Slave owners lamented the energy it took to control and educate the Țigani slaves. Masters had to whip slaves, tie them up, sell troublemakers to far away estates – and all the while the slave women were seen as promiscuous household servants, there to be physically exploited in all ways.
Today, European police forces combine their efforts across the continent, scouring impoverished Romani communities for stolen blonde children, and finding them everywhere. Meanwhile Romani children are drugged, trafficked, and sold into prostitution to non-Romani Europeans – and their parents cannot find police to prevent this happening.
Then, slave masters complained of social pressure to clothe their near-naked slave possessions. Now, the European Union is pressured to write a statement to the Italian government regarding the ‘nomad camps’ where all Romani asylum seekers have been put since the 1970s, without being allowed to apply for asylum or citizenship. Italian citizens often violently attack the ‘nomad camps’, and the Red Cross fingerprint every Roma person over the age of three months in the camps.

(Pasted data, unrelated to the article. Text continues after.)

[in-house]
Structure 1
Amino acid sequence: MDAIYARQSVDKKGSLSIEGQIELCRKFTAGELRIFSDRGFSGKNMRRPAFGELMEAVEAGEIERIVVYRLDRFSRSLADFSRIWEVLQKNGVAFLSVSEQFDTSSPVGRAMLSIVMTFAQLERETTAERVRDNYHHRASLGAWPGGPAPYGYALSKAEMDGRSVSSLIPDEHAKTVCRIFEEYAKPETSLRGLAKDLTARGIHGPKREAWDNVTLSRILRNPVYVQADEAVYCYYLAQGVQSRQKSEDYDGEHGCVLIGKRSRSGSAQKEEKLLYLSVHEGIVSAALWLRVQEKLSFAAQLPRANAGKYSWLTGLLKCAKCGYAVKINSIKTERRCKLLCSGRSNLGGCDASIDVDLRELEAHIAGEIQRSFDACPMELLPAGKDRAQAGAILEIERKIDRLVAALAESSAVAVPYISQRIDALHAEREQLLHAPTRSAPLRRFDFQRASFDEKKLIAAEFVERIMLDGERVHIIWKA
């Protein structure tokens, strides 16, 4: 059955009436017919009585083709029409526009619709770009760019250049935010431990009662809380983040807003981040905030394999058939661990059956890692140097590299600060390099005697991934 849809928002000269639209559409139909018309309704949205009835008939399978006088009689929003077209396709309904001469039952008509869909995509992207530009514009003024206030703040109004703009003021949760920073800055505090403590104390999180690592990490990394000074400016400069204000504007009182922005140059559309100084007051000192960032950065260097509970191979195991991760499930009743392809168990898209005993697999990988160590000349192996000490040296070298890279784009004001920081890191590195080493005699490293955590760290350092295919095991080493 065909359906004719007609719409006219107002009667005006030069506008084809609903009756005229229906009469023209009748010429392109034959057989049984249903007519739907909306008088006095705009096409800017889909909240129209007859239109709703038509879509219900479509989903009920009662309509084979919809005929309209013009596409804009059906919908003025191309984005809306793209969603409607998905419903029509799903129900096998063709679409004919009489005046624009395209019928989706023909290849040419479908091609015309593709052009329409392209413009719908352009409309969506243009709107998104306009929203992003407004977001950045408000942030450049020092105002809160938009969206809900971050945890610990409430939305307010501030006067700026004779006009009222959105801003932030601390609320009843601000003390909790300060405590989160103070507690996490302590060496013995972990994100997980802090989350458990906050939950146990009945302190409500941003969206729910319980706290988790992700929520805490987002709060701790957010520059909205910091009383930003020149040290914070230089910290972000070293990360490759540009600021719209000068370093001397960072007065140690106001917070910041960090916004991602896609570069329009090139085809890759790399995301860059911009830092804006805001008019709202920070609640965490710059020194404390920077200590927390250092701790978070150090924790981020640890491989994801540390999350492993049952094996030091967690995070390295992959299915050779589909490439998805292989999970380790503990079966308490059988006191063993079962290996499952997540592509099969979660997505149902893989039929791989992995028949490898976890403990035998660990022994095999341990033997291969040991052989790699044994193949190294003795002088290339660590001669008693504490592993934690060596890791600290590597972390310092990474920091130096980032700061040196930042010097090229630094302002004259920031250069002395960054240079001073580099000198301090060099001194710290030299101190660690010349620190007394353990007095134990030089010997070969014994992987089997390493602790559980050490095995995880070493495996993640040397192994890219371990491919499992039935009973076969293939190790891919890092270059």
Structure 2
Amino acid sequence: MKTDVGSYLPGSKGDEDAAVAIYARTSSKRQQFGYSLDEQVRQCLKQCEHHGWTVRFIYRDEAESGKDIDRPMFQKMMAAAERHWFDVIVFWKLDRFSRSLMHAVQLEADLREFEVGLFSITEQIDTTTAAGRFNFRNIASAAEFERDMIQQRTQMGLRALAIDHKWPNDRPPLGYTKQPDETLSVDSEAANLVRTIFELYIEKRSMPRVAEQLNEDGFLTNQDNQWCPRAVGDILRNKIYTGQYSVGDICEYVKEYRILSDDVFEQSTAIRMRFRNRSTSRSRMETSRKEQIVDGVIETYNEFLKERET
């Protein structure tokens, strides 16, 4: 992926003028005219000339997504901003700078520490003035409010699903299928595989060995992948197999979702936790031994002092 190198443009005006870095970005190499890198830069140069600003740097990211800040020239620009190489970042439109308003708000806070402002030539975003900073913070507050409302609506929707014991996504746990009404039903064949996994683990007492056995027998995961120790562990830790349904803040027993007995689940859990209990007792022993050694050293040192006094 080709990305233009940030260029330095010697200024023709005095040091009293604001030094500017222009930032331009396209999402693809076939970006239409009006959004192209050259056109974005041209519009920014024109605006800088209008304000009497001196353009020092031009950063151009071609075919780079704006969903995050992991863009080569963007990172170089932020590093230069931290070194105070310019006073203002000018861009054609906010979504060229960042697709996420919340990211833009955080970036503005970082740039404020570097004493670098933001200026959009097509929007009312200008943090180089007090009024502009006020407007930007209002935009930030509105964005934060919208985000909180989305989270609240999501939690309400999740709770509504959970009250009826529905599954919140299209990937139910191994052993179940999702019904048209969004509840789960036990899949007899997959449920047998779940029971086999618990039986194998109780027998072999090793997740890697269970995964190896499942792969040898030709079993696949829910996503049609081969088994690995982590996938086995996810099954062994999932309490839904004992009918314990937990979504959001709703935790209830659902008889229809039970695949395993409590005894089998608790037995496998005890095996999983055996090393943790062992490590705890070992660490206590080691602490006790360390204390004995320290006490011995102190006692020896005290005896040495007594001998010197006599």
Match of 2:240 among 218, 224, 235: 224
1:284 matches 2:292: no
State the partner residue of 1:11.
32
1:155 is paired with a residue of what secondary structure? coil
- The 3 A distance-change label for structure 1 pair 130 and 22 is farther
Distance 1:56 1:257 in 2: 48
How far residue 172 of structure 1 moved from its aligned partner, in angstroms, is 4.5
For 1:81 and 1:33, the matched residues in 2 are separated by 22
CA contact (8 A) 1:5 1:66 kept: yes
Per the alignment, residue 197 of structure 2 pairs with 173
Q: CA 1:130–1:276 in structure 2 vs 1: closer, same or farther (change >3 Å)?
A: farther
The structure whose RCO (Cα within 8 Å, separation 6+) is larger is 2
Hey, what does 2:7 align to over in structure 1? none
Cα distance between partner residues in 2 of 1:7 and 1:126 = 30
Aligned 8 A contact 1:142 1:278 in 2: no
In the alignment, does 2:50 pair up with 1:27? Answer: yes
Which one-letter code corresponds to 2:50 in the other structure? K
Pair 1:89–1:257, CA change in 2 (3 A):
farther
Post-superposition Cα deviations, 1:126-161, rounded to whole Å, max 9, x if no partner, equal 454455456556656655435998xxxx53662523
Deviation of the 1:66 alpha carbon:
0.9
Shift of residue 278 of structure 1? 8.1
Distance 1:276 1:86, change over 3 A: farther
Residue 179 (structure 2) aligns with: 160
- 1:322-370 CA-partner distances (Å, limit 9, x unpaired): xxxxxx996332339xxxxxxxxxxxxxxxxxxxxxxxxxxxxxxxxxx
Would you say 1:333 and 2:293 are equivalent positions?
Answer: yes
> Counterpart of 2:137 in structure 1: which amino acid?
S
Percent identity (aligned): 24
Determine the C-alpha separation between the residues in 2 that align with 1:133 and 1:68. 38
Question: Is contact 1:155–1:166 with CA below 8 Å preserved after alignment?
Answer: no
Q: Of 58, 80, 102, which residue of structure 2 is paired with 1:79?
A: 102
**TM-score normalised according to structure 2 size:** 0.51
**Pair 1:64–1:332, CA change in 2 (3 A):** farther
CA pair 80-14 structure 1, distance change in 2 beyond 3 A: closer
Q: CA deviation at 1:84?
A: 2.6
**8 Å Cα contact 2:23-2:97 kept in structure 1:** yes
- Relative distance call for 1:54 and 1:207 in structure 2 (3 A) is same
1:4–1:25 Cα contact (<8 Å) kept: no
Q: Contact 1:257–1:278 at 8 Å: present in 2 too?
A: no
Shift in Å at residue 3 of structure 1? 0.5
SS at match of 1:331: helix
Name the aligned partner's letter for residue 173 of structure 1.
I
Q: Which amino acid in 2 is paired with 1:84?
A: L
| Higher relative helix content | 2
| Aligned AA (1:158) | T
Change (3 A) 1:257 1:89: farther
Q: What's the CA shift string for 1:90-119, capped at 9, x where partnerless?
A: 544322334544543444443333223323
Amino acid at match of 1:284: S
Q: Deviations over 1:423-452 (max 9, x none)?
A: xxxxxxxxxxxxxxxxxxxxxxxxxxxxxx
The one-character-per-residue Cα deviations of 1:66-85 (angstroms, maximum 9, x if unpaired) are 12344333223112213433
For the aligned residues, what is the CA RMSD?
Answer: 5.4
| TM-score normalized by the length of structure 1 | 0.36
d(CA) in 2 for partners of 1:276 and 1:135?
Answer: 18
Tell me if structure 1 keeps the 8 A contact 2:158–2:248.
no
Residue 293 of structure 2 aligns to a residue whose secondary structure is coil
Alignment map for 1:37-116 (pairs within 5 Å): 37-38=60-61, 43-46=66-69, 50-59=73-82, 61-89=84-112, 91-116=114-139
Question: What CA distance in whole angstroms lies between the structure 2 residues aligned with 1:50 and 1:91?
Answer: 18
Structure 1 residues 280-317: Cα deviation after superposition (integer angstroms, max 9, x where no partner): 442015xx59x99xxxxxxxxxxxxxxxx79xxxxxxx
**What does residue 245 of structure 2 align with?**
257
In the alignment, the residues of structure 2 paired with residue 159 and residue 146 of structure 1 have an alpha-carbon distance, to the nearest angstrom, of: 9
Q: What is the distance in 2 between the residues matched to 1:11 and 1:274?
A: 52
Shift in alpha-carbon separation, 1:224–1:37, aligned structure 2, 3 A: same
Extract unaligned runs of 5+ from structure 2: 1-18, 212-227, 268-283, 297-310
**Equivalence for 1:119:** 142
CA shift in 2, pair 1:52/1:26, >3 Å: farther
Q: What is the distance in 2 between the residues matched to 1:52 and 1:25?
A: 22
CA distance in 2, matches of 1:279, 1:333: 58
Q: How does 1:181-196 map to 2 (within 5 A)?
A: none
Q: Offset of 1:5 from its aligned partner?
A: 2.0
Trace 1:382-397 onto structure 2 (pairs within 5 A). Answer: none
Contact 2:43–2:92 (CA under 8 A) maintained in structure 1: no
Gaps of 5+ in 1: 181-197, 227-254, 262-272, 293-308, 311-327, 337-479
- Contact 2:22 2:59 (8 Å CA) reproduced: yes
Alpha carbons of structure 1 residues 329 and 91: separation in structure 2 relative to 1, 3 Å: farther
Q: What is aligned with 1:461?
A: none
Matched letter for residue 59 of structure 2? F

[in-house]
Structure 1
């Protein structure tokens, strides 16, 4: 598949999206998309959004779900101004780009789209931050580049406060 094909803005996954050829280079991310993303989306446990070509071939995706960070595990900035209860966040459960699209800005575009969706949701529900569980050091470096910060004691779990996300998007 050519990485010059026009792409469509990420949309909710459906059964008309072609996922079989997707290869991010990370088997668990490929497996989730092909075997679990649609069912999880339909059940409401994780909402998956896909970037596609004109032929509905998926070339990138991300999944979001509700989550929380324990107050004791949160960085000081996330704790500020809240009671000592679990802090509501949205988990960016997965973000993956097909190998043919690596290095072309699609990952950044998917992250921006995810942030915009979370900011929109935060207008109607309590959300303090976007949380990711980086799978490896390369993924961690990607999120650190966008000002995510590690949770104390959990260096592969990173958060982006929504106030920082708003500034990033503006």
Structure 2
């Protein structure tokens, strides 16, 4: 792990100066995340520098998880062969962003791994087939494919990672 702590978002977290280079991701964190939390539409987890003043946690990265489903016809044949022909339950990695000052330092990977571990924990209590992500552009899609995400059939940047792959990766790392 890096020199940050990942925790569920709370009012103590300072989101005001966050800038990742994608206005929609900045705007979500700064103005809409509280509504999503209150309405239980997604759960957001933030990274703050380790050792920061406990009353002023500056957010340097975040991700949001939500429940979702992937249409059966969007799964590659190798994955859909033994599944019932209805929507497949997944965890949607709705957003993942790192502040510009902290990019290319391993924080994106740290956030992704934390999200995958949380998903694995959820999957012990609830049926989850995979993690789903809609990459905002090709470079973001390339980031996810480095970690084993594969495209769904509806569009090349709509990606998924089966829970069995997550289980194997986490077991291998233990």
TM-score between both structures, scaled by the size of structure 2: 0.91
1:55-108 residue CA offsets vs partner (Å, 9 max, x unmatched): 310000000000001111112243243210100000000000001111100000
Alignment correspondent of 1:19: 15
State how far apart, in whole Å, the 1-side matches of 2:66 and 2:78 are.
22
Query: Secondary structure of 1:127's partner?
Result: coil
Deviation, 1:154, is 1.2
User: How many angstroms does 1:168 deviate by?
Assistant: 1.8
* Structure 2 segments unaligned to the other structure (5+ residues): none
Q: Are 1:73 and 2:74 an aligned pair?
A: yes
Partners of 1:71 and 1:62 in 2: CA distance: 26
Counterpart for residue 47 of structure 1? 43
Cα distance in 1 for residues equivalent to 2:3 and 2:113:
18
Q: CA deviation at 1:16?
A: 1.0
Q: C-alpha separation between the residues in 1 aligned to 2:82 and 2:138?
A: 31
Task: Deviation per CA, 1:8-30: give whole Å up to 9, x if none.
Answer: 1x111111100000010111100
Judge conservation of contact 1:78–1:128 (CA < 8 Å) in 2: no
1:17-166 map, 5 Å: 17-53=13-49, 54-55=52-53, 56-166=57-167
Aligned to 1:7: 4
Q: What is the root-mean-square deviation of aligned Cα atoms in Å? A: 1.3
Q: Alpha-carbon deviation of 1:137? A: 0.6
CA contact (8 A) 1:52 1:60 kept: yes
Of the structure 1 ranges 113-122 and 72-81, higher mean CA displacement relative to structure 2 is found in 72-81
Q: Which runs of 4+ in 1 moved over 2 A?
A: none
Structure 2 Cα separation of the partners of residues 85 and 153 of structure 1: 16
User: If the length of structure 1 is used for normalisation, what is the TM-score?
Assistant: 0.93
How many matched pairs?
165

Yes, the Italian government complains that Roma are criminals even as babies, and they need the help of charities to protect ‘their’ people from those who have been there for three generations, working without papers in the worst jobs in Italy.
The way that Roma are stereotyped, spoken about, and targeted in government policy now in Europe has not changed since the times of slavery, persecution and the Holocaust. The single important difference is that, in the time of slavery, Romani people could not be killed without the master receiving compensation, a deterrent to physical violence against them. Today in the European Union, however, there is virtually no deterrent to anti-Romani violence at all.